Your Partner Might Have Sexsomnia—Here’s What You Need to Know About It

You know what sleepwalking is, but fewer people are aware that some people can also masturbate, fondle, and even have sex while asleep. It’s a condition called sexsomnia, and as exciting as it may sound, it can be a serious cause of stress and discomfort both for the sufferer and their partner. Here’s all you need to know about it.

It’s an involuntary activity. Sexsomnia is a form of parasomnia, an abnormal or unusual behavior that occurs during some stages of sleep. Unlike other forms, sexsomnia is sexually aggressive in nature. It usually occurs during deep sleep, so your partner may not be able to remember the incident once awake and may flat out deny it ever happened. Try to be understanding—they weren’t intentionally trying to hurt you or creep you out.

The symptoms are easy to spot. Your partner may not realize they have sexsomnia, so it’s up to you to notice the signs and alert them about it. If your partner keeps initiating foreplay, grinding on you with their pelvis, masturbating, moaning, having sex with you or experiencing spontaneous orgasms while asleep, this might indicate they’re suffering from the disorder, especially if they can’t remember it after.

It happens to both men and women. It doesn’t matter what gender your partner is, they could still be a sexsomniac. While research says that men are three times more likely to engage in sleep sex than women. Women mostly masturbate and say sexually expressive things while the men try to perform sex acts on the person sleeping next to them. Weird, right?

It’s OK if you don’t welcome being groped in your sleep. Sometimes being seduced during sleep can be very sexy and romantic, but there are times when it can feel invasive or downright creepy. I always warn my partners upfront not to try initiating sex when I’m unconscious as it might bring back memories of sexual assault. It’s OK if you welcome their actions or if it freaks you out. Your response is valid.

It doesn’t mean your partner is a bad person. Always try to remember that your partner isn’t doing this intentionally, even though it might seem like it. Sometimes they might say or do things that don’t correspond with their typical personality or preferences. For example, a gentle person might become very aggressive and threaten you during episodes of sexsomnia. Likewise, a timid and shy person in bed might become surprisingly bold and try to perform sex acts they wouldn’t dare think about while awake. This doesn’t mean they’re perverse deep down, it’s just a disorder they have no control over.

Figuring out what triggers it can help you fix it. No one really knows what causes sexsomnia, but research shows that some medical conditions, lifestyle habits, or medications can interfere with sleeping patterns and lead to it. If your partner has poor sleeping habits, high stress levels, abuses drugs and alcohol, or suffers from anxiety, changing these things might make the sleep sex go away.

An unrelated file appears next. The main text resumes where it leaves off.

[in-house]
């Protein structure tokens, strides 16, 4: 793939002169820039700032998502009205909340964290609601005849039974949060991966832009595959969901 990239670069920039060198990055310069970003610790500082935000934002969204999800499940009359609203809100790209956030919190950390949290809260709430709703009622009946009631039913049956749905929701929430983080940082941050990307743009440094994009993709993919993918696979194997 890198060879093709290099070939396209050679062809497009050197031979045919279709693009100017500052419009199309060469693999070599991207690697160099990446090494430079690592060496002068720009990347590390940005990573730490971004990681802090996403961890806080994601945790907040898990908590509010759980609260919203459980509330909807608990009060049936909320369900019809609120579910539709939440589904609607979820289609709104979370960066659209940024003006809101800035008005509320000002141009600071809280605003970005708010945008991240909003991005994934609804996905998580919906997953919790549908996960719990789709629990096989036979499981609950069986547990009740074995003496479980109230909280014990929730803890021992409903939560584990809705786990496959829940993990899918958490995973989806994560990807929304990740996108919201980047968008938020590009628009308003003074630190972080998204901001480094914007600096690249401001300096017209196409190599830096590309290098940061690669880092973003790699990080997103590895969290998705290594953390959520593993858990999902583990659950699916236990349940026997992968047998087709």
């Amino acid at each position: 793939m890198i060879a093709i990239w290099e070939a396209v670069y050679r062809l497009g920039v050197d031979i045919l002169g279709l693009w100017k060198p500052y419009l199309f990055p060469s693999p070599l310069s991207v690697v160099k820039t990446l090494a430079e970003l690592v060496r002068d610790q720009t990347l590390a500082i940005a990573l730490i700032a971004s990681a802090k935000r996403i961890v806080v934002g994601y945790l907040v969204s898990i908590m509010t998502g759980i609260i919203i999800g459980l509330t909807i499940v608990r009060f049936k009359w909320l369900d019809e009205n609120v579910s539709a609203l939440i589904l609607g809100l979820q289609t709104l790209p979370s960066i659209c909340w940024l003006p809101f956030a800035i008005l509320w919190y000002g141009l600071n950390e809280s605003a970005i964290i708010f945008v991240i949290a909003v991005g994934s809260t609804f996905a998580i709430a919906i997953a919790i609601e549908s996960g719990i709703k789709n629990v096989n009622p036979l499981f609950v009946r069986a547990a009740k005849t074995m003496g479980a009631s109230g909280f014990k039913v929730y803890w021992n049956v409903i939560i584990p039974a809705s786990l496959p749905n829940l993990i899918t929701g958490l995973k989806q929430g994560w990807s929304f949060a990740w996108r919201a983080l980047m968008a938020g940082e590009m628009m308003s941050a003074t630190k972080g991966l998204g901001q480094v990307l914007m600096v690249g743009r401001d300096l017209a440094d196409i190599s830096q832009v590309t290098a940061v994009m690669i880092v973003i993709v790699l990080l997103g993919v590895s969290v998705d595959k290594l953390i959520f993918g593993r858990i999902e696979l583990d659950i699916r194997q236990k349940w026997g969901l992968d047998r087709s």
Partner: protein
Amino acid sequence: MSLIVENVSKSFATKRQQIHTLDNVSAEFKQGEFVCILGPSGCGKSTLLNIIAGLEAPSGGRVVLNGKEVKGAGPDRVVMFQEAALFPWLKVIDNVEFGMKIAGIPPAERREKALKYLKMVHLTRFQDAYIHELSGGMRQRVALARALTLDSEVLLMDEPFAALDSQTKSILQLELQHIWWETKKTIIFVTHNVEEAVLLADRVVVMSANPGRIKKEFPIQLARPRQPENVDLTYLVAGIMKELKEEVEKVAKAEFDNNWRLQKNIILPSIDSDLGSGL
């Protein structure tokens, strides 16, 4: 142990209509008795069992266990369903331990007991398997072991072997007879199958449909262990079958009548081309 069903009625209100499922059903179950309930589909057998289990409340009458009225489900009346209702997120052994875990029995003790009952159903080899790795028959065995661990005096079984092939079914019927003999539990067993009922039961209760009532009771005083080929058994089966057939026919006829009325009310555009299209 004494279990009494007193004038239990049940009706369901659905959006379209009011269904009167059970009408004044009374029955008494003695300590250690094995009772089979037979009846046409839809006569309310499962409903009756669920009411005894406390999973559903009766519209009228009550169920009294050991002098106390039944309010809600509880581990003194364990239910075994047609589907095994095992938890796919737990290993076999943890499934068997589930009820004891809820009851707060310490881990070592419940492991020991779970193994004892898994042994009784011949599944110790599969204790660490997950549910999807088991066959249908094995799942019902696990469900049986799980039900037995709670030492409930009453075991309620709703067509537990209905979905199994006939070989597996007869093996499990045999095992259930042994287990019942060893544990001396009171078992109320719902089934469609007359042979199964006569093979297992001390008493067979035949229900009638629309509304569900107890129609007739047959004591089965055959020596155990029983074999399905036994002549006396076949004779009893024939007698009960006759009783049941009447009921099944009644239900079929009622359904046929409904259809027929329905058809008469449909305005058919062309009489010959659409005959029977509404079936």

It might make sense to seek professional help. Seeing a psychiatrist or therapist can help you and your partner come to terms with what’s happening and reduce feelings of shame, embarrassment, confusion, or anger that may arise. It’s new territory for the both of you, and though it may be scary and hurtful, it doesn’t have to ruin your relationship. Make appointments with a sleep specialist, a doctor, or a therapist so they guide you through this confusing time and help treat your partner’s condition.

Unwanted complications can arise from sexsomnia. Sexsomnia can complicate relationships in a lot of ways. It can lead to insecurity and feelings of distrust or fear. It’s pretty embarrassing when you get drunk and forget the events of the night before, so imagine how much worse it is when sexual acts are involved and you have no memory of them. Depending on how severe the disorder is, it might make it difficult for your partner to share a bed with you or anyone else.  It can also make consent a little tricky because your partner is deeply asleep and saying yes or no wouldn’t stop them from trying to have sex with you.

Understanding and communication can go a long way. As far as dealing with difficult situations is concerned, honesty is the best policy. Talk to your partner and let them open up to you. Discuss the ways their condition affects you or makes you uncomfortable and what can be done to help. Try to create a safe space for the both of you like sleeping in different bedrooms, using pillows as walls, setting alarms around the bedroom. Try to understand that your partner isn’t perfect, and then make allowances for them however you can.

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